Bloody crackdown, response in Egypt

I can’t claim to have been especially prescient when I posted last month on the brink of the Egyptian military’s ousting of Muslim Brotherhood leader Mohamed Morsi as president: “This is unlikely to end well.”

The military regime seems to have concluded that clearing protest encampments in Cairo of MB supporters required the bloodiest tactics imaginable. Or perhaps it is incapable of any other methods.

MB supporters are responding in brutal ways.

Al Jazeera, the BBC, and The Washington Post are live-blogging.

The Washington Post reports:

Mohamed ElBaradei, a Nobel Peace Prize laureate who was appointed vice president in the interim government last month, resigned to protest the violent crackdown.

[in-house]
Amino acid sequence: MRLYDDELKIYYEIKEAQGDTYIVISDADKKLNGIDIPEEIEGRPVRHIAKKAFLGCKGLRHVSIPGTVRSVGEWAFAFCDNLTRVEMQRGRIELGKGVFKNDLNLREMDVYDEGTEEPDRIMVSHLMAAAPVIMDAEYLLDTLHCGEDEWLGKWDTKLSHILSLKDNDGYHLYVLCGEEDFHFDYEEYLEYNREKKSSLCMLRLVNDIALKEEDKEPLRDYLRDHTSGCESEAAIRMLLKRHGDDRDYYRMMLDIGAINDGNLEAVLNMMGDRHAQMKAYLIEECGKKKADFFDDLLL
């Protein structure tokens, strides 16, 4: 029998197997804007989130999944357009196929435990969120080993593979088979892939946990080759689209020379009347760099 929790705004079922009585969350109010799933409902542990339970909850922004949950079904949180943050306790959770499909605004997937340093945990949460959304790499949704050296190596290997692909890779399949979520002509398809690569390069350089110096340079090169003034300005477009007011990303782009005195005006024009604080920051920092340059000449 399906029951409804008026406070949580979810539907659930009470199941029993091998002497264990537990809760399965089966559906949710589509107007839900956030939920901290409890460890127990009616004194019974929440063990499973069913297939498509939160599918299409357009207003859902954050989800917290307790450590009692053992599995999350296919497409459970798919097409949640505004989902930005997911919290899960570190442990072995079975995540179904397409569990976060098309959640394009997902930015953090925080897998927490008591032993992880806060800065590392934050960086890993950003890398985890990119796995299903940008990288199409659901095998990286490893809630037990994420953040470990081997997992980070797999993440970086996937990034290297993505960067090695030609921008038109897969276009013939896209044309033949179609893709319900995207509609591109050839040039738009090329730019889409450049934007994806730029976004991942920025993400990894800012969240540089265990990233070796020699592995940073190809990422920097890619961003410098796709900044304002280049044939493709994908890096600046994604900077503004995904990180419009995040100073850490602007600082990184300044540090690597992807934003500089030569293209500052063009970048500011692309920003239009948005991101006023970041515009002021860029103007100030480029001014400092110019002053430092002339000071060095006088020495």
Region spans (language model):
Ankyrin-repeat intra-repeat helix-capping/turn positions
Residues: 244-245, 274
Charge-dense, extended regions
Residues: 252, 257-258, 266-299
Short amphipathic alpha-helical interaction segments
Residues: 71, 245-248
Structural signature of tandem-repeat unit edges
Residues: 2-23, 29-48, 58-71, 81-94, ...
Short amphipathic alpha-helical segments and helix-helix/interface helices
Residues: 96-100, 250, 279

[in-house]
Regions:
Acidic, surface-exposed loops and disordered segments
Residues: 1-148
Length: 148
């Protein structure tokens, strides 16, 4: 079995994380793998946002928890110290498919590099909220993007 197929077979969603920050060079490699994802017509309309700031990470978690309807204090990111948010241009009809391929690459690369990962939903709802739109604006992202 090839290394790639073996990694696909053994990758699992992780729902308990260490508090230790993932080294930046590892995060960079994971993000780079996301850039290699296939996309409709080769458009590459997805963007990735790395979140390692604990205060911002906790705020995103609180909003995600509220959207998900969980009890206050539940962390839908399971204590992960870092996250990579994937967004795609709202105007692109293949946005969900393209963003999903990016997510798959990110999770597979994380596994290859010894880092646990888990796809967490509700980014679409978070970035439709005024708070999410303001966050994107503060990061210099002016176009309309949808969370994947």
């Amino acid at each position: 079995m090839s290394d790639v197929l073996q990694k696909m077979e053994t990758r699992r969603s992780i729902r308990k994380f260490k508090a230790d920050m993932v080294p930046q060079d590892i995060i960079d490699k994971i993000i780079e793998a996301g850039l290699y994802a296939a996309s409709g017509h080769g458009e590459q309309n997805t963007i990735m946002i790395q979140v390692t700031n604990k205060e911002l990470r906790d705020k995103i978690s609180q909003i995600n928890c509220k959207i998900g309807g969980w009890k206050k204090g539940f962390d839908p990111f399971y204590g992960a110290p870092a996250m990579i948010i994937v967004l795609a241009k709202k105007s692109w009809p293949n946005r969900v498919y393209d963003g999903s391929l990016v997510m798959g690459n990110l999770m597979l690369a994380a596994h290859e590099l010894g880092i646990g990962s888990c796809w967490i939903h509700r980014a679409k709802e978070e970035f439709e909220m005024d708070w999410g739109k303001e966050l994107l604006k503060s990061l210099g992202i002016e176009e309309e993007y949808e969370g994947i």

The United States strongly condemned the violence and expressed opposition to the state of emergency. It said it would hold the interim government accountable for keeping its promises of a speedy transition to a democratically elected civilian administration.

Egypt’s Health Ministry said 149 people died in Cairo and in the ensuing violence nationwide, state news media reported. The ministry earlier reported that more than 870 people were wounded.

The MB has put the number of dead at over 2,000. Whatever the real number, it’s horrific enough.